Command line tools as MSBuild Tasks?

Mar 24, 2008 at 5:53 PM
I've been playing around with the Sancastle MSBuild examples to create API documentation for our product. One thing I noticed is that while you have core libraries for actually doing the tasks that the tool executables wrap, they are not MSBuild api based. This means that to use them from MSBuild you have to call exec tasks with all sorts of funny quoting and transforms to get the command line right. It also makes multiple item lists more difficult to pass. I understand that people want to call this from a general command line for things like powershell and general scripts, but why not make the core libraries based of MSBuild or have a MSBuild task library people can use?
Mar 24, 2008 at 8:30 PM

There's only a few tools that you need to execute and it's easy enough to call them as individual tasks if you need to. Wrapping the tools in custom MSBuild tasks isn't going to make it any easier to use.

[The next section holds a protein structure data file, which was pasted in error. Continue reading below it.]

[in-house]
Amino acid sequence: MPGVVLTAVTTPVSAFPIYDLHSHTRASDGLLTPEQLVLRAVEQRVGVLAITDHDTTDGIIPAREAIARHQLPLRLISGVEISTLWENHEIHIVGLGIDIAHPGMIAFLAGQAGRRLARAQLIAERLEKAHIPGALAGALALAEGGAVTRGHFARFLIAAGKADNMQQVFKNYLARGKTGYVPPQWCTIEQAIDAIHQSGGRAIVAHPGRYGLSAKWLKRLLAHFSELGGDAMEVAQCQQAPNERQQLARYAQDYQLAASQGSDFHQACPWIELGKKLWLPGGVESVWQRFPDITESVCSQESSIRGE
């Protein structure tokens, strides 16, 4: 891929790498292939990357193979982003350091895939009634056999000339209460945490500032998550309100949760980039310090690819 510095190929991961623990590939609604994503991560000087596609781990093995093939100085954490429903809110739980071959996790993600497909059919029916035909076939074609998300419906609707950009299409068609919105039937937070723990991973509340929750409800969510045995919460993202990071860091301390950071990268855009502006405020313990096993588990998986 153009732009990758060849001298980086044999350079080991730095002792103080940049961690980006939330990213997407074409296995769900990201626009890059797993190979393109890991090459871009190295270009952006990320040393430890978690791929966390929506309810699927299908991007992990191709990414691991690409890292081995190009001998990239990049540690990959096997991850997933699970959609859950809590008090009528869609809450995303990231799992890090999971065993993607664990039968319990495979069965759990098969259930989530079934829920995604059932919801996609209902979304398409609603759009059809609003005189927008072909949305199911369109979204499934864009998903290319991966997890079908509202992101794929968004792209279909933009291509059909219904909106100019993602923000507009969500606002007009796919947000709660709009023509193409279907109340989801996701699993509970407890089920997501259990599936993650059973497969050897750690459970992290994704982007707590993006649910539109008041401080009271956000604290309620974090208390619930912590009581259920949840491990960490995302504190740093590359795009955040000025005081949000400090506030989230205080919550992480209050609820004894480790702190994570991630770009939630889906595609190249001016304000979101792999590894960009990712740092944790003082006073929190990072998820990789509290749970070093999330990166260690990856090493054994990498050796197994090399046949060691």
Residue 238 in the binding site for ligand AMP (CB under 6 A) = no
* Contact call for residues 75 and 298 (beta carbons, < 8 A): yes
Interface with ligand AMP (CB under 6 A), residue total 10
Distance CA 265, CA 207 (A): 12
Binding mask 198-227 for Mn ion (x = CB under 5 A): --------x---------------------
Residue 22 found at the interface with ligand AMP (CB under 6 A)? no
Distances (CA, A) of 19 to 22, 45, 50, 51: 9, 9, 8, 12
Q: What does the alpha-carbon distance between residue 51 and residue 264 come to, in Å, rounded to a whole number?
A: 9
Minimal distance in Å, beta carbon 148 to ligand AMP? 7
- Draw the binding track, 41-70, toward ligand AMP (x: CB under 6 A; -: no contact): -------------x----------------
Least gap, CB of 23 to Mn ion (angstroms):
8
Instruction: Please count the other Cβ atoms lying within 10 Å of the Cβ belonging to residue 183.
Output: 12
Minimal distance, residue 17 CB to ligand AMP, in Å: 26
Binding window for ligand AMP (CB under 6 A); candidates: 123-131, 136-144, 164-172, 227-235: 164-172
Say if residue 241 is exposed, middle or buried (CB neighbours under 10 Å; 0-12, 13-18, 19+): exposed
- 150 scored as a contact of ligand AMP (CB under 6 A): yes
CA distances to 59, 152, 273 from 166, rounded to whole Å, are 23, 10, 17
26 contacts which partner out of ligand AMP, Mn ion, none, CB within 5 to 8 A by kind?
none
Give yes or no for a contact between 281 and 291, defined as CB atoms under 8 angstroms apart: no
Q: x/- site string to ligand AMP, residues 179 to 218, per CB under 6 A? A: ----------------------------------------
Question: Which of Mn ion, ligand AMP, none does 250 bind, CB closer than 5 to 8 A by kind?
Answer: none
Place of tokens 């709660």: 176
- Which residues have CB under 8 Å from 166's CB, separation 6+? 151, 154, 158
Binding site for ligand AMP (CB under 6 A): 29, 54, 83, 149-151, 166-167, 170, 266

I suggest trying DocProject, which provides a single MSBuild task that executes the entire help build process. The task is used in a few built-in Visual Studio project templates, so DocProject integrates seamlessly into VS and the same project can be used on the command-line as well.

Note that projects are not designed in a way so that you can change all of the arguments on the command-line. They are typical VS projects in the sense that they encapsulate all of the settings required to build a single set of documentation. If you need multiple unrelated sets of documentation you'll have to create multiple projects.

I think that Sandcastle Help File Builder will allow you to create a more generic project file that can be used to automate Sandcastle with different input using a response file on the command-line. (That's just an assumption from what I've read online though.)

- Dave
Mar 25, 2008 at 12:42 AM
Edited Mar 25, 2008 at 12:44 AM
Dave is correct. The console mode builder for SHFB will allow you build one or more projects and add or override project options from the command line and/or from a response file. (currently available as a beta) and later will allow you to import assembly and comments file info directly from a Visual Studio project too which lets you create a template project or do a completely project-less build from the command line.